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FROM HOMELESSNESS TO HOPE

How a Fredericton man found safety, sobriety and compassion after years on the streets

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On a viciously cold winter night a few years ago, Craig Victory curled up on the concrete floor of a gazebo in downtown Fredericton and tried to fall asleep.

Homeless, mentally ill and exhausted, he thought his life could be about to end.

"My feet were like ice," he says. "I was trying to sleep, and I couldn't sleep because my feet were too cold. And I remember saying to myself, 'I don't even care if I die in my sleep. I want to go to sleep.'"

Craig1

Then, Craig heard a voice in his mind. It sounded like a military general giving him orders.  

"Get up," the voice commanded. "And go and get a pack of cigarettes and coffee."

And so, Craig walked up the street in his thin boots and second-hand coat, bought coffee and smokes at a gas station, and spent the night wandering outdoors.

"I didn't like the cold," he says. "Nobody would like the cold."

For Craig, a burly 50-year-old with salt-and-pepper hair, life has changed dramatically since that desolate night in the gazebo. With years of homelessness behind him, he lives in a special care residence near Fredericton. He is being treated for schizophrenia. And after decades of living for his next beers and joints, he is sober.

"I've been on my medication for four years straight," he says. "The place where I'm living, they pay me to do odd jobs and stuff around the house. I have my own room, which is good. I read a lot."

Craig's transformation was fuelled, in part, by Flexible Assertive Community Treatment (FACT). Under the direction of the New Brunswick Department of Health, Horizon Health Network launched FACT in early 2017 as a pilot project in Fredericton and Woodstock. FACT teams go into communities to support people living with serious mental illnesses. The program has expanded throughout the province.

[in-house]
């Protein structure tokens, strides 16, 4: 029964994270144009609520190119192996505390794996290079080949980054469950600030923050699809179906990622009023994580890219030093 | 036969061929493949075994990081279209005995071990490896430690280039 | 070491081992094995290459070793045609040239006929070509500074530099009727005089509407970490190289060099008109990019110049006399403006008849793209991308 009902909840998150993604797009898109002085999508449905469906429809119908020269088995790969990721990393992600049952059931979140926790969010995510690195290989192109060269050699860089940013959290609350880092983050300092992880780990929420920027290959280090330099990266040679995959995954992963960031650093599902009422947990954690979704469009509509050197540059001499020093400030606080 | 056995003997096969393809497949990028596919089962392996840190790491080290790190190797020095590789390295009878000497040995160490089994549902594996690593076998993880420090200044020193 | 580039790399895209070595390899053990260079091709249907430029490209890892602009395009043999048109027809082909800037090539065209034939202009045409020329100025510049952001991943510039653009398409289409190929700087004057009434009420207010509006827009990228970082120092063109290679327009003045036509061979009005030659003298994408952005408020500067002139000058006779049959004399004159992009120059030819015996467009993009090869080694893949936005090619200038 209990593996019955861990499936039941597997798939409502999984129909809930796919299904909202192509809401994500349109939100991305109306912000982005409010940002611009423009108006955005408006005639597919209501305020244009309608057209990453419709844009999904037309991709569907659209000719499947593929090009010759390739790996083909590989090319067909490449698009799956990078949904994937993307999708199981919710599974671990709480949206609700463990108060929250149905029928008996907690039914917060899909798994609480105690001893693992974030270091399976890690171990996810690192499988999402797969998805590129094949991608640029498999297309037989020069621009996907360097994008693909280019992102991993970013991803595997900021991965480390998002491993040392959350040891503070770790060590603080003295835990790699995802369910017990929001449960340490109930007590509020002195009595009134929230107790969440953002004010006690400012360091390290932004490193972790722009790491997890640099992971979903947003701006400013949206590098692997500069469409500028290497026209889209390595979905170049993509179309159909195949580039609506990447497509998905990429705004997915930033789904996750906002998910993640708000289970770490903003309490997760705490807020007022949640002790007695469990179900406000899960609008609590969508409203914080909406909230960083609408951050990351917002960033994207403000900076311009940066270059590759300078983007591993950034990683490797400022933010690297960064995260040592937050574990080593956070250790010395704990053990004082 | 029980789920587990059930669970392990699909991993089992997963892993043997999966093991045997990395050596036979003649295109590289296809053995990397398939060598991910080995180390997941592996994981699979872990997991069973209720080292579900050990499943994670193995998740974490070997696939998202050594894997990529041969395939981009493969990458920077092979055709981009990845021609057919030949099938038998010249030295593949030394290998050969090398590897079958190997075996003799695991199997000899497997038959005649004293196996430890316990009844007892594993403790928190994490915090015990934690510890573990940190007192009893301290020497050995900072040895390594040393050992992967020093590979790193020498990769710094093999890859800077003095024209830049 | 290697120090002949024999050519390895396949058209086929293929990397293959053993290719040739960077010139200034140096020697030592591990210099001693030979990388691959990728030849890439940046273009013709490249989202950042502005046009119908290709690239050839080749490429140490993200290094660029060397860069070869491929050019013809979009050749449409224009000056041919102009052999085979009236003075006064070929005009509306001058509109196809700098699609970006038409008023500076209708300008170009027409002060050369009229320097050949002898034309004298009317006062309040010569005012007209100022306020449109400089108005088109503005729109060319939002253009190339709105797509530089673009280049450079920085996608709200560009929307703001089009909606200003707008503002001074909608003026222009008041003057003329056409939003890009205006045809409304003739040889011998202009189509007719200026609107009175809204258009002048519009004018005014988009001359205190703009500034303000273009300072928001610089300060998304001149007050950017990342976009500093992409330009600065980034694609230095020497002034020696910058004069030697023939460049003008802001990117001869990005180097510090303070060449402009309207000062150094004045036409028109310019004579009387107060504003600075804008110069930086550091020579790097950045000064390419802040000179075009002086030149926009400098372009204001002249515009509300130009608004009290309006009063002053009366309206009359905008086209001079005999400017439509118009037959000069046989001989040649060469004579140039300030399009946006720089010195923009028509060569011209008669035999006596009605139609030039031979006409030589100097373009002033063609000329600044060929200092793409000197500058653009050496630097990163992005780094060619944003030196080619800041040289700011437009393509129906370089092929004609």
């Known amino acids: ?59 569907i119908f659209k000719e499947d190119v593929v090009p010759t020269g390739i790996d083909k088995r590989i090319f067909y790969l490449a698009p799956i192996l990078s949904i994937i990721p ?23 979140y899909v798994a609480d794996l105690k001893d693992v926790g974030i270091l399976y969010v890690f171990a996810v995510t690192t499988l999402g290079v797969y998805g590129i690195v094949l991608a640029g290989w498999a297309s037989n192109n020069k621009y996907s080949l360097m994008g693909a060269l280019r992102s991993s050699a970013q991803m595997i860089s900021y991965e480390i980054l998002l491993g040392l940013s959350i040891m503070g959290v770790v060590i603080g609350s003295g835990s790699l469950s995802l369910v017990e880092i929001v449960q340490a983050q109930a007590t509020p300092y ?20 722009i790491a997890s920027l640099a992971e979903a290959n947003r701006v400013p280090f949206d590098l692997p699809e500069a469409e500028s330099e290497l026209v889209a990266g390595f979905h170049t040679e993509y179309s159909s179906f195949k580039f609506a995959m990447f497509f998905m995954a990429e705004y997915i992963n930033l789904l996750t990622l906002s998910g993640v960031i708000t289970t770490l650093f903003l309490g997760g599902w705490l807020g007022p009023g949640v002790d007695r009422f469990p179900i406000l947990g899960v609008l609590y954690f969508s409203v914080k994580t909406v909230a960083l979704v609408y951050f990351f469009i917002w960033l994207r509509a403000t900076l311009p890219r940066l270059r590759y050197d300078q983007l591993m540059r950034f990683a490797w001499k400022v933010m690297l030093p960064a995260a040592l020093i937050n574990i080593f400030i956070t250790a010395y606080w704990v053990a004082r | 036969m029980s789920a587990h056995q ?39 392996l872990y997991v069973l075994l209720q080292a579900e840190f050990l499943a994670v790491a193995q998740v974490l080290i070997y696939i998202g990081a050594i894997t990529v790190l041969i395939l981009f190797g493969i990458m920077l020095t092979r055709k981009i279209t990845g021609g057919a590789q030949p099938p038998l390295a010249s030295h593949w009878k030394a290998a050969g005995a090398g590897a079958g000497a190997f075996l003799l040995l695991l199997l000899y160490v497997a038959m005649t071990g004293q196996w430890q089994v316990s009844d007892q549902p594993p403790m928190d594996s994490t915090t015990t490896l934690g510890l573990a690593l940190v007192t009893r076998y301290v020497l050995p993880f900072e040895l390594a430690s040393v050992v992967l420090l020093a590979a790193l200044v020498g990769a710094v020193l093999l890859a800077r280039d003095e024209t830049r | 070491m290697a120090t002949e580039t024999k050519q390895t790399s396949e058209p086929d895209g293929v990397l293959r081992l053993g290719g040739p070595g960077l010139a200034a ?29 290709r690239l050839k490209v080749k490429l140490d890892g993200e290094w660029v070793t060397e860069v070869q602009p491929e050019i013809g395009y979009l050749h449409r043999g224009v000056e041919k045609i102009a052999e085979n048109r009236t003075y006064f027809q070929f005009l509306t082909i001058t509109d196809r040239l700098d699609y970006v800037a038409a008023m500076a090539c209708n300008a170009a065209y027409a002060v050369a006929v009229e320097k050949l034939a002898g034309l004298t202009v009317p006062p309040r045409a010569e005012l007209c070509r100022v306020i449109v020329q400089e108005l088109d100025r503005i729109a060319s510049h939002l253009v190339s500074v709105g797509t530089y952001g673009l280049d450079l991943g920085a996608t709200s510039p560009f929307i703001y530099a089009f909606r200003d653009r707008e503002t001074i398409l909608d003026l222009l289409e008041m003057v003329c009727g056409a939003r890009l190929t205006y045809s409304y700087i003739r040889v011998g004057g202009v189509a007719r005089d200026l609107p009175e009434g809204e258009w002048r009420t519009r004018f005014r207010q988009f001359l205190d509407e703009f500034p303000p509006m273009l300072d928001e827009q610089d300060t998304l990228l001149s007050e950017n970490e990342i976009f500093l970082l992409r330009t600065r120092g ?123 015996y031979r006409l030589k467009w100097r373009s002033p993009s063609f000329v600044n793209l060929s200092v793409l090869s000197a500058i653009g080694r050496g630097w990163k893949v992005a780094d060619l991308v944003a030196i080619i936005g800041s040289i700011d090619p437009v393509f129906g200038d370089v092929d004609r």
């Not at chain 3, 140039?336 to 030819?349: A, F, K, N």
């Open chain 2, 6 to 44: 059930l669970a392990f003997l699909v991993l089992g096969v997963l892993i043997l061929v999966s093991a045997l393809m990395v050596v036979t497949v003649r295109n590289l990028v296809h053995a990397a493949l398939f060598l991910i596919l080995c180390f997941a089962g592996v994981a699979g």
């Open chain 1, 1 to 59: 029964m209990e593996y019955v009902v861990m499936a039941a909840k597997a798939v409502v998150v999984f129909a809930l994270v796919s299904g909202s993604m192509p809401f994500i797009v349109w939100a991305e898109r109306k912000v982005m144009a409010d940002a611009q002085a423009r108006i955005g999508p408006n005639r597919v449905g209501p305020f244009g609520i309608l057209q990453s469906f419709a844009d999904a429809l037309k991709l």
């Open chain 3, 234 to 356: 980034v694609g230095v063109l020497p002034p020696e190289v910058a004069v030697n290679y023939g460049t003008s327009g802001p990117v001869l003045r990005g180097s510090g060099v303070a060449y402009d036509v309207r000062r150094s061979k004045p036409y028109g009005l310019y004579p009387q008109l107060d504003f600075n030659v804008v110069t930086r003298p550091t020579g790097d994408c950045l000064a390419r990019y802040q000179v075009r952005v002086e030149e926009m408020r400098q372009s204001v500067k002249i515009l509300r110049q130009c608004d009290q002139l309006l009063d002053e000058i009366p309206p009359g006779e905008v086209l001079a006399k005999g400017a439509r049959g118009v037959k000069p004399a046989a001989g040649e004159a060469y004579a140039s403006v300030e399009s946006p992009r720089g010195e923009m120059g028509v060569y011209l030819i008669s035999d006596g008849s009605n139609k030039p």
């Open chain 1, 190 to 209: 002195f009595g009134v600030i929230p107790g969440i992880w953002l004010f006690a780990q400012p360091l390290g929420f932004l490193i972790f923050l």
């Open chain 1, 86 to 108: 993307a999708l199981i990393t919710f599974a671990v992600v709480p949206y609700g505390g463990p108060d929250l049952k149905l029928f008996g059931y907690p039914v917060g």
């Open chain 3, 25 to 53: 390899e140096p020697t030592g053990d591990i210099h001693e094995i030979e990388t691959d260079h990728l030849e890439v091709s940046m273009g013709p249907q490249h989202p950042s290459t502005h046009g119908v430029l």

"We are a mobile team and work closely with clients, family and community partners," says Andrea Astorino, the FACT Team Coordinator in Fredericton. "I work with the most amazing, energetic and caring team I've ever worked with in my 27-year nursing career."

FACT has nurses, social workers, human services counsellors, occupational therapists, psychiatrists, psychologists and peer support workers. Since its formation almost two years ago, the Fredericton team has helped more than 150 people.

Craig3(FACT) Horizon's Fredericton FACT Team

 "Many of our clients have a long history of hospital admissions," Astorino says. "We try to be creative in connecting with clients and bringing them into service. If a client needs the food bank, then that is the hook. If a client wants a job, we work with that in mind. If they need to have medication administered, we look at pairing that client with a FACT nurse so they can attempt to build a rapport."

The kind of rapport is easy to see as Craig sips coffee and jokes with FACT team member Claudia Rogers at Horizon's Victoria Health Centre. A registered nurse, she has been his case manager for more than a year.

"I knew Craig when I was a student," says Claudia. "He was the guy you would see pushing a cart of bottles. Now, he looks so good. He's pretty relaxed and mellow, and more playful. It's quite a change."

For Craig, peace and sobriety have come after a lifetime of turbulence. In his hometown of Glace Bay, Nova Scotia, he was an alcoholic by the age of 15, and he broke into bars to steal booze. He went to prison for two years when he was 16. As a young adult, he had trouble controlling his thoughts and was obsessed with God. At 25, he was diagnosed with schizophrenia.

"I was hearing voices and stuff, but I can't really remember what those voices were saying," he says. "I tell you I was scared because I had heard about schizophrenia and stuff. No, it wasn't fun. That's for sure."